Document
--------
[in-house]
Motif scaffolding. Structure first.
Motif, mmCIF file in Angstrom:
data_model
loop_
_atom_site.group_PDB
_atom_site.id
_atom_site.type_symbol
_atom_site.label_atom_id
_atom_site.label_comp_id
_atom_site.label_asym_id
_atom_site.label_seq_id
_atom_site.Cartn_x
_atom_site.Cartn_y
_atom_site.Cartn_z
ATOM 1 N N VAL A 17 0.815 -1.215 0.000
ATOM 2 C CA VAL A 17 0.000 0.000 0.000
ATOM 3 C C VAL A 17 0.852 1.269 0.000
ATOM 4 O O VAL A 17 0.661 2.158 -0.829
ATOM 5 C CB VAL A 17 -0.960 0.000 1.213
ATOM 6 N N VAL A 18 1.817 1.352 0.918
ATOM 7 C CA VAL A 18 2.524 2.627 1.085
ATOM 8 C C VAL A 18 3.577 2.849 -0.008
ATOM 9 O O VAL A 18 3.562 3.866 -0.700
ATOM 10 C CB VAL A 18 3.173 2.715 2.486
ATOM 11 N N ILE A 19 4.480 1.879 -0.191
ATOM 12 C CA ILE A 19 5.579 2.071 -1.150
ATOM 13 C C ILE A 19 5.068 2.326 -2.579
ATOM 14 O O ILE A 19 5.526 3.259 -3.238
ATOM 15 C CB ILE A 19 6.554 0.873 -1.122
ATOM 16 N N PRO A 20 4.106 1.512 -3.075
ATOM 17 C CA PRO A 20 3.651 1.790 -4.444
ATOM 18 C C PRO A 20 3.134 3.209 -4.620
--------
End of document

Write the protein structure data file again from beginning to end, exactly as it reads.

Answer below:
[in-house]
Motif scaffolding. Structure first.
Motif, mmCIF file in Angstrom:
data_model
loop_
_atom_site.group_PDB
_atom_site.id
_atom_site.type_symbol
_atom_site.label_atom_id
_atom_site.label_comp_id
_atom_site.label_asym_id
_atom_site.label_seq_id
_atom_site.Cartn_x
_atom_site.Cartn_y
_atom_site.Cartn_z
ATOM 1 N N VAL A 17 0.815 -1.215 0.000
ATOM 2 C CA VAL A 17 0.000 0.000 0.000
ATOM 3 C C VAL A 17 0.852 1.269 0.000
ATOM 4 O O VAL A 17 0.661 2.158 -0.829
ATOM 5 C CB VAL A 17 -0.960 0.000 1.213
ATOM 6 N N VAL A 18 1.817 1.352 0.918
ATOM 7 C CA VAL A 18 2.524 2.627 1.085
ATOM 8 C C VAL A 18 3.577 2.849 -0.008
ATOM 9 O O VAL A 18 3.562 3.866 -0.700
ATOM 10 C CB VAL A 18 3.173 2.715 2.486
ATOM 11 N N ILE A 19 4.480 1.879 -0.191
ATOM 12 C CA ILE A 19 5.579 2.071 -1.150
ATOM 13 C C ILE A 19 5.068 2.326 -2.579
ATOM 14 O O ILE A 19 5.526 3.259 -3.238
ATOM 15 C CB ILE A 19 6.554 0.873 -1.122
ATOM 16 N N PRO A 20 4.106 1.512 -3.075
ATOM 17 C CA PRO A 20 3.651 1.790 -4.444
ATOM 18 C C PRO A 20 3.134 3.209 -4.620